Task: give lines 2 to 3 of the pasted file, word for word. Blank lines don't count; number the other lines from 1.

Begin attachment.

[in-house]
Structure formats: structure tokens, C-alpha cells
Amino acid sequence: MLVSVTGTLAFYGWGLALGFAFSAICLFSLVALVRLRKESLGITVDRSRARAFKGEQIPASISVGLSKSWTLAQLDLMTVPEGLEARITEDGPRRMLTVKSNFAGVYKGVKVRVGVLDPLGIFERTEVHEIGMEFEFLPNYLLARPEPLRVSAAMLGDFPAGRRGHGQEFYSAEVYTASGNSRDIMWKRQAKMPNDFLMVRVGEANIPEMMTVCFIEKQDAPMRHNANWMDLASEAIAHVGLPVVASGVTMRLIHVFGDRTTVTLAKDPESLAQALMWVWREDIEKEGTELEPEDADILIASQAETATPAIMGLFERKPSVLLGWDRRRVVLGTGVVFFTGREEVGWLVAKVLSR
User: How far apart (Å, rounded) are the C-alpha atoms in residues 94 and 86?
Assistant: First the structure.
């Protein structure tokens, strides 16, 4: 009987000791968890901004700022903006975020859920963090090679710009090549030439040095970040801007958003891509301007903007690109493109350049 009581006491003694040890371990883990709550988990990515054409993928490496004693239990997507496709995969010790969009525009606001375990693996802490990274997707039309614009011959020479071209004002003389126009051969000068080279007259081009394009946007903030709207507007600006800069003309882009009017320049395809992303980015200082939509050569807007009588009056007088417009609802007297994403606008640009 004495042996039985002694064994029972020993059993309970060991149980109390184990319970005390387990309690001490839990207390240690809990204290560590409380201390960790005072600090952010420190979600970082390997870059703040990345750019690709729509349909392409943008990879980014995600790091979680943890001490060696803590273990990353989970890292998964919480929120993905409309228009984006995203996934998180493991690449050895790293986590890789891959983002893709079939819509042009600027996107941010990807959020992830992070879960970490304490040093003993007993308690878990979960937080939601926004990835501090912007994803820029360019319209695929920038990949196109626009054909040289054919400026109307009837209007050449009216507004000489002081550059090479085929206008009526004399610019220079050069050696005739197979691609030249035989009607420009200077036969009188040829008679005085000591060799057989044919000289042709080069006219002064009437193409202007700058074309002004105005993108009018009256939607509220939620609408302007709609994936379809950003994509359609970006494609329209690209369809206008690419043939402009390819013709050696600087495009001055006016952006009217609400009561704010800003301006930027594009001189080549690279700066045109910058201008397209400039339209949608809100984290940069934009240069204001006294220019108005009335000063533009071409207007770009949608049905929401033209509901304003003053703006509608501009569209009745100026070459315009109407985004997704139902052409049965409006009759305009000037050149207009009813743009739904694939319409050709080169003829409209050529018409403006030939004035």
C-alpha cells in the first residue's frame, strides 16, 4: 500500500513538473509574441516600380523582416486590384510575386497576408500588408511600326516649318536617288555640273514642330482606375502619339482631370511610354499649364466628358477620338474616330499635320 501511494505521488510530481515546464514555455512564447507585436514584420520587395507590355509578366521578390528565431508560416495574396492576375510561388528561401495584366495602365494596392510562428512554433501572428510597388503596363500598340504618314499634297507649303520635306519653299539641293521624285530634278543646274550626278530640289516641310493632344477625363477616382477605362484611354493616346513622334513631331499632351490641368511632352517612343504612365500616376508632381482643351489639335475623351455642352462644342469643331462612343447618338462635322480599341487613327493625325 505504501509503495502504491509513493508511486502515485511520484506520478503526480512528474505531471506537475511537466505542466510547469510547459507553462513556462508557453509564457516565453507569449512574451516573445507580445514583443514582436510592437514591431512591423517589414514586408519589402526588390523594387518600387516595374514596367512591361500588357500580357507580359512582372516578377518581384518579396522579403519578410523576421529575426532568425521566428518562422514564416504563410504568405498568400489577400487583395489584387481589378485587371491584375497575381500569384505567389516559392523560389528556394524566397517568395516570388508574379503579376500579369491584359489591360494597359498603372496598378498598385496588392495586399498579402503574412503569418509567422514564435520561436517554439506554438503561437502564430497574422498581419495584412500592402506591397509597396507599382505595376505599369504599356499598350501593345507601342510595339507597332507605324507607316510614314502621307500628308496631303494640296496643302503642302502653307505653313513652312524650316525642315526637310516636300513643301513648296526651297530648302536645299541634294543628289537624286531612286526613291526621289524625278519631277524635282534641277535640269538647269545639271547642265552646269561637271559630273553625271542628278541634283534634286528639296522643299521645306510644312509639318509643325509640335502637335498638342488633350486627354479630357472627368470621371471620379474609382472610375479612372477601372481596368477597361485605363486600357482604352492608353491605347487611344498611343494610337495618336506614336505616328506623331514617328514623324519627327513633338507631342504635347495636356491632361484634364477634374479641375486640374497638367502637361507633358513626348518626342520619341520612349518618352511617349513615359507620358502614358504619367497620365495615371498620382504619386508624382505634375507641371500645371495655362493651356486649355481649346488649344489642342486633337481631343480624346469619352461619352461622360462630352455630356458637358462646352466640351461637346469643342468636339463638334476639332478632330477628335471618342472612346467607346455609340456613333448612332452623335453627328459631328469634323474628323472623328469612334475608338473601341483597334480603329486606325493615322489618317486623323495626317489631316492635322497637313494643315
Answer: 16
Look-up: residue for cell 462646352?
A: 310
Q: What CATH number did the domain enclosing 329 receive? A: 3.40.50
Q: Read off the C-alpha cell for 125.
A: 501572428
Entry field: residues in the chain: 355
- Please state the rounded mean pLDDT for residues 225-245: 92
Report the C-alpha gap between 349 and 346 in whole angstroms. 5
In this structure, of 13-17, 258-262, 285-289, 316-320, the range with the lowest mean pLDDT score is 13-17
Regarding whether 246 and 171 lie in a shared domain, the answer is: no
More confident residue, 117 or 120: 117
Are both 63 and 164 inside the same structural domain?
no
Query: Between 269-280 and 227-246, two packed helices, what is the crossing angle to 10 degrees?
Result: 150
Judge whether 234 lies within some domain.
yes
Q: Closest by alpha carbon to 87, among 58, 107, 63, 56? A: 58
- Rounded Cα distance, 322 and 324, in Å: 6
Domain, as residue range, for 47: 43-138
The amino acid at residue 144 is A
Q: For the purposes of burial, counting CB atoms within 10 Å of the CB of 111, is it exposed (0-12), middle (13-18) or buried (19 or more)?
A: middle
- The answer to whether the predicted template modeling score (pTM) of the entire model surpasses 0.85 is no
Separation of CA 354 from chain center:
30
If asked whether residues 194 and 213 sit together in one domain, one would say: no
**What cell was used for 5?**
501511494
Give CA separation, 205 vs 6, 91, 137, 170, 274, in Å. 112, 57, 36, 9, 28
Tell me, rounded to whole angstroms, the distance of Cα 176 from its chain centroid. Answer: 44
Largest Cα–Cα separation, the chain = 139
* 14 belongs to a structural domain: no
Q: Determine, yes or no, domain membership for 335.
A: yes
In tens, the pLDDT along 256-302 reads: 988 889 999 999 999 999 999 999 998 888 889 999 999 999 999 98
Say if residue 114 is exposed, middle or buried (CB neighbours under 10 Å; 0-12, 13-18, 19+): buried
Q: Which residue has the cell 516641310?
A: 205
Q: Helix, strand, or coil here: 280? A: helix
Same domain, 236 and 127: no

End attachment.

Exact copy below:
Structure formats: structure tokens, C-alpha cells
Amino acid sequence: MLVSVTGTLAFYGWGLALGFAFSAICLFSLVALVRLRKESLGITVDRSRARAFKGEQIPASISVGLSKSWTLAQLDLMTVPEGLEARITEDGPRRMLTVKSNFAGVYKGVKVRVGVLDPLGIFERTEVHEIGMEFEFLPNYLLARPEPLRVSAAMLGDFPAGRRGHGQEFYSAEVYTASGNSRDIMWKRQAKMPNDFLMVRVGEANIPEMMTVCFIEKQDAPMRHNANWMDLASEAIAHVGLPVVASGVTMRLIHVFGDRTTVTLAKDPESLAQALMWVWREDIEKEGTELEPEDADILIASQAETATPAIMGLFERKPSVLLGWDRRRVVLGTGVVFFTGREEVGWLVAKVLSR